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Willow โ€“ 90 species of Salix here in the Pacific Northwest and all work the same as far as their medicinal content goes. The bark of the willow canes is what is used.

Willow works so well to relieve the pain and inflammation of toothaches, spasming muscles, tension headaches, strains, sprains, arthritis, and back pain, and a veritable plethora of aches and pains due to the salicylates it contains. In response to injury, prostaglandins signal the body to feel pain and to inflame. Salicylatesย inhibit the bodyโ€™s production of prostaglandins.The salicylates in willow ย are similar to aspirin, but take different metabolizing pathways. Theyย appearย to have a longer effect than aspirin because of this difference in metabolization.

Among the many constituents in willow, apigenin, a naturally occurring plant flavonoid shown to possess anti-inflammatory, antioxidant and anticancer properties is contained in the bark. Epidemiologic studies suggest that a diet rich in flavonoids is related to a decreased risk of certain cancers, particularly cancers of the breast, digestive tract, skin, prostate and certain hematological malignancies. It has been suggested that apigenin may be protective in other diseases that are affected by oxidative process such as cardiovascular and neurological disorders.

Did you know that willow has been shown to exert anti-proliferative effects, and to induce apoptosis in colon, lung, stomach, and prostate cancer cells? Apoptosis means cell self destruction.ย That’s good medicine! When cells’ information is damaged due to free radical oxidative stress, drug usage, chemical poisoning, stress, long term inflammation, etc, cancer can easily enter and wreak its loathsome mayhem. I hate cancer with a passion that is unequal to anything else. Had I had this information 13 years ago, perhaps my mother would be alive today. I don’t know. The fact is I know this now and am passing it on to you all. The upshot is that I incorporate willow into my everyday use, as these cancers run in my family. It’s best to destroy cancer cells before they hook up and form tumors. That’s when stuff gets real.

ย Willow can be utilized as a tea, syrup, honey, tincture and medicinal oil. Not everyone will be willing to take it in tea form as it tastes very bitter. Spring and fall are best times to harvest the bark of willow.ย Itโ€™s bark scraping time!ย 

willowhoneyI make a willow honey in the fall and spring, and ingest about ยฝ to 1 teaspoon several times a week for cancer protection. Willow needs steeping for 5-6 weeksย in the honey. If, after steeping, the honey becomes too thick to strain, simply place the lidded jar in a sauce pan, fill with water, and gently heat for about 10 minutes. This will render the honey liquid enough to easily strain from the willow.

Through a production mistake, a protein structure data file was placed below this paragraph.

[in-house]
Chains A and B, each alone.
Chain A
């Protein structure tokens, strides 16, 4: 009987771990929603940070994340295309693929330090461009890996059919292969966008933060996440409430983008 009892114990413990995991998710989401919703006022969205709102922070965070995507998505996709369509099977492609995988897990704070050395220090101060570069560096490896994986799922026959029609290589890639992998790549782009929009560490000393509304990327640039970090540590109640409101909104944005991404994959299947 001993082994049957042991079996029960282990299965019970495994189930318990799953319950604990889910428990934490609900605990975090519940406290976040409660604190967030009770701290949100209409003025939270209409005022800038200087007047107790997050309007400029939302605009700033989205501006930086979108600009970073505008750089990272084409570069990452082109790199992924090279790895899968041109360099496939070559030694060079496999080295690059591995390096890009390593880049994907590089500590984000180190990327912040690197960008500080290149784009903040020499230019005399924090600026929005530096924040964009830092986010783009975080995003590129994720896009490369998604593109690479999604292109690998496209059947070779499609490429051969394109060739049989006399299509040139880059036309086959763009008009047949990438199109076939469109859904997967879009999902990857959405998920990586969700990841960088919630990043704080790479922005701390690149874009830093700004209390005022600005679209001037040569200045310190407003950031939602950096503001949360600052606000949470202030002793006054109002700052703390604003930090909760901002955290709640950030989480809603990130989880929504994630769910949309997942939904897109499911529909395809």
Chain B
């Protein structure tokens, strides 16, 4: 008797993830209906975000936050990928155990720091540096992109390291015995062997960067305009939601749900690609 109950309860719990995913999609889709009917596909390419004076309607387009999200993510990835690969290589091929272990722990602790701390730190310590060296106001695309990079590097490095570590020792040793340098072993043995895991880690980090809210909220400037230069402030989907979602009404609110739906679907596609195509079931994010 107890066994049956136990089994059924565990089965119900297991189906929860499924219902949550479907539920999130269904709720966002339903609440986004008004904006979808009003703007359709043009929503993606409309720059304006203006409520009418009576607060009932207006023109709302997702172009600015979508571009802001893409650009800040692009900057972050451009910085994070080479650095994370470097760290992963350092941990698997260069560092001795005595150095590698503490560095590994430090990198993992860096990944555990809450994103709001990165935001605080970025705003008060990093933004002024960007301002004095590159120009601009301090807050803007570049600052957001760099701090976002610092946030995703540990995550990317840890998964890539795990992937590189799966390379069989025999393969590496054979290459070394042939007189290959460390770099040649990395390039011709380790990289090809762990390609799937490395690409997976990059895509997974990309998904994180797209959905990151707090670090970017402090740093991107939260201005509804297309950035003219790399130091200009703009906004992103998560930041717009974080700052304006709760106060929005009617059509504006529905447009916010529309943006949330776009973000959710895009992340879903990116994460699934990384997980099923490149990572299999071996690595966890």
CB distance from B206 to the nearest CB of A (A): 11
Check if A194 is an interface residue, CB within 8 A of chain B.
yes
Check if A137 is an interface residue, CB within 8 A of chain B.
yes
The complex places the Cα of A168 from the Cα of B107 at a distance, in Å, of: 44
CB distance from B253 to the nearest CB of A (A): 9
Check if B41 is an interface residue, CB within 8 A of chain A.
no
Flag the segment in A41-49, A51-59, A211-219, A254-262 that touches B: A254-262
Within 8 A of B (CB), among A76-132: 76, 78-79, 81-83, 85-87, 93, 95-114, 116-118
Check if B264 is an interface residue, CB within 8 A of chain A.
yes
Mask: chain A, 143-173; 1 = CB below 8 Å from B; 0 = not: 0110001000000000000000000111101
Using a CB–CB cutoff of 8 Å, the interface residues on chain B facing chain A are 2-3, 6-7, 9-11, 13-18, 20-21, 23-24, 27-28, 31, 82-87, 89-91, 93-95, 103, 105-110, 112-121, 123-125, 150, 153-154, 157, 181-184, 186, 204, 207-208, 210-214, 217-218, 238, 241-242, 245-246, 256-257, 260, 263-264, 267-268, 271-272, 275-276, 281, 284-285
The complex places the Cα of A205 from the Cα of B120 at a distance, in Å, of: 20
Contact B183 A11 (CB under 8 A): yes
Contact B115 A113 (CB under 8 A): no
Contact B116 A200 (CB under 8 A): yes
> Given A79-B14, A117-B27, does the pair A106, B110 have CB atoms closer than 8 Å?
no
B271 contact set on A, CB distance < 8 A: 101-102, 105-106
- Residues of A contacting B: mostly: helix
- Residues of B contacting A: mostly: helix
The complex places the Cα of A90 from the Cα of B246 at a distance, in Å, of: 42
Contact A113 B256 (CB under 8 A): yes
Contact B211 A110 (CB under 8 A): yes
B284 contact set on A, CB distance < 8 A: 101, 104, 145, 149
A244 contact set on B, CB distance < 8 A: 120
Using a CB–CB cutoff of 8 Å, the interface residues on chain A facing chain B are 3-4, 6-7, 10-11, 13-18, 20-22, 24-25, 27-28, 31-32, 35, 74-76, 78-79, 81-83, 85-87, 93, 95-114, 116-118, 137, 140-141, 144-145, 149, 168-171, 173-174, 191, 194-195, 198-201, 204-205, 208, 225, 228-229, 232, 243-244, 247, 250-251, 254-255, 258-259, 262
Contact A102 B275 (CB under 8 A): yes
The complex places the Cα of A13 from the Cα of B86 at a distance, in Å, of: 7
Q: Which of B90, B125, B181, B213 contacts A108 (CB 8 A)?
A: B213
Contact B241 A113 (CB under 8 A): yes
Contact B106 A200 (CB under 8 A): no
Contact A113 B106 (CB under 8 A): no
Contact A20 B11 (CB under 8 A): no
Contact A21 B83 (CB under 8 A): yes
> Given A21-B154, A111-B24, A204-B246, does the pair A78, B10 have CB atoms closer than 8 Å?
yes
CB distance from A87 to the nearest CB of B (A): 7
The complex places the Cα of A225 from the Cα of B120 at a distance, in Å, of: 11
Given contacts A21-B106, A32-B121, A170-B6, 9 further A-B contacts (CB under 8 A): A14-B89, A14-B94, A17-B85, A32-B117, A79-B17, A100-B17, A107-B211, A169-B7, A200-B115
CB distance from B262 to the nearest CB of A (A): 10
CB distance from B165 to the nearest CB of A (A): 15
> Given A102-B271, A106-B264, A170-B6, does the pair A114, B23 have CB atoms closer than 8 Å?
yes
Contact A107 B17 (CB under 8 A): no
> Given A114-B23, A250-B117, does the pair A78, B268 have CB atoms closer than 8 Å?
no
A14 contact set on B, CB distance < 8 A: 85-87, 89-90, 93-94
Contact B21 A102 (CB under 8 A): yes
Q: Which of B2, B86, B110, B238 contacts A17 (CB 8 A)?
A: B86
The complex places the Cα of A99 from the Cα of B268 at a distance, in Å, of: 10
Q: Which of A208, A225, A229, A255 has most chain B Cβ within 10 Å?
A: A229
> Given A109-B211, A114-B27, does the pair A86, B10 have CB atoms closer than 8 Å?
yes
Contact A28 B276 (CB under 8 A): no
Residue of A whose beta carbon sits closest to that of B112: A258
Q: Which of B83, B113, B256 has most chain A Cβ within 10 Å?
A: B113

Externally, willow helps heal and relieve the discomfort of sores, cuts, and burns. Use as a wash or compress with cooled decoction. To make a decoction, put 2 cups of water in a saucepan, add about ยพ oz of dried willow bark, bring to a boil, turn down to medium simmer, and let simmer 10-15 minutes. Strain and let cool. A washcloth can be dipped into the willow decoction, wrung out, and placed on the affected area. Let sit for up to 20 minutes at a time, and repeat as necessary.

A word regarding wild harvesting plants on your own: Itโ€™s important to be 100% certain of your identification before doing ANY harvesting. And please don’t harvest any plant before knowing it’s needs, habits, and medicine. Thanks!

For more info regarding apigenin, go to Apigenin: A Promising Molecule for Cancer Preventionย 

Suzanne "Queen Bee" Tabert ๐Ÿ

Suzanne Tabert, bioregional herbalist, speaker, and author, is director of herbal education and herbal mentor at the Cedar Mountain Herb School. An herbal medicine instructor for 35+ years, Suzanne teaches with great passion and excitement, bringing her wealth of herbal knowledge to students in an engaging and vibrant manner. She is the primary instructor at CMHS and an adjunct faculty at Bastyr University. Taking students to wild places and giving them tools to engage and connect with flora, fauna, and the exquisite beauty of nature is the icing on the cake of life, and one way that Suzanne is making a difference in the world, one person, one group at a time. Cedar Mountain Herb School is a member of the American Herbalists Guild, Partnership in Education with United Plant Savers, and the American Herb Association.


  • marian cronin says:

    will willow buds work in the same way as cottonwood buds for baby rash cream. we do not have cottonwood trees in Ireland but have lots of willow

    • says:

      Hello Marian,
      Use willow bark. Now is a good time to clip canes, peel the bark, chop it all up as fine as you can, and make a medicinal oil using the crockpot method in my Plant Medicine Made Easy article. Let us know how it works! Xo

  • Dawn Miller says:

    Will willow bark honey work as a pain reliever for say headaches? You mention it as a possible cancer preventative but nothing about pain relief. I want to assume it would but feel like I should ask first. I sure do appreciate all of the knowledge that you share. I would love to come to one of your workshops or apprenticeships but I live in Missouri which is a bummer.

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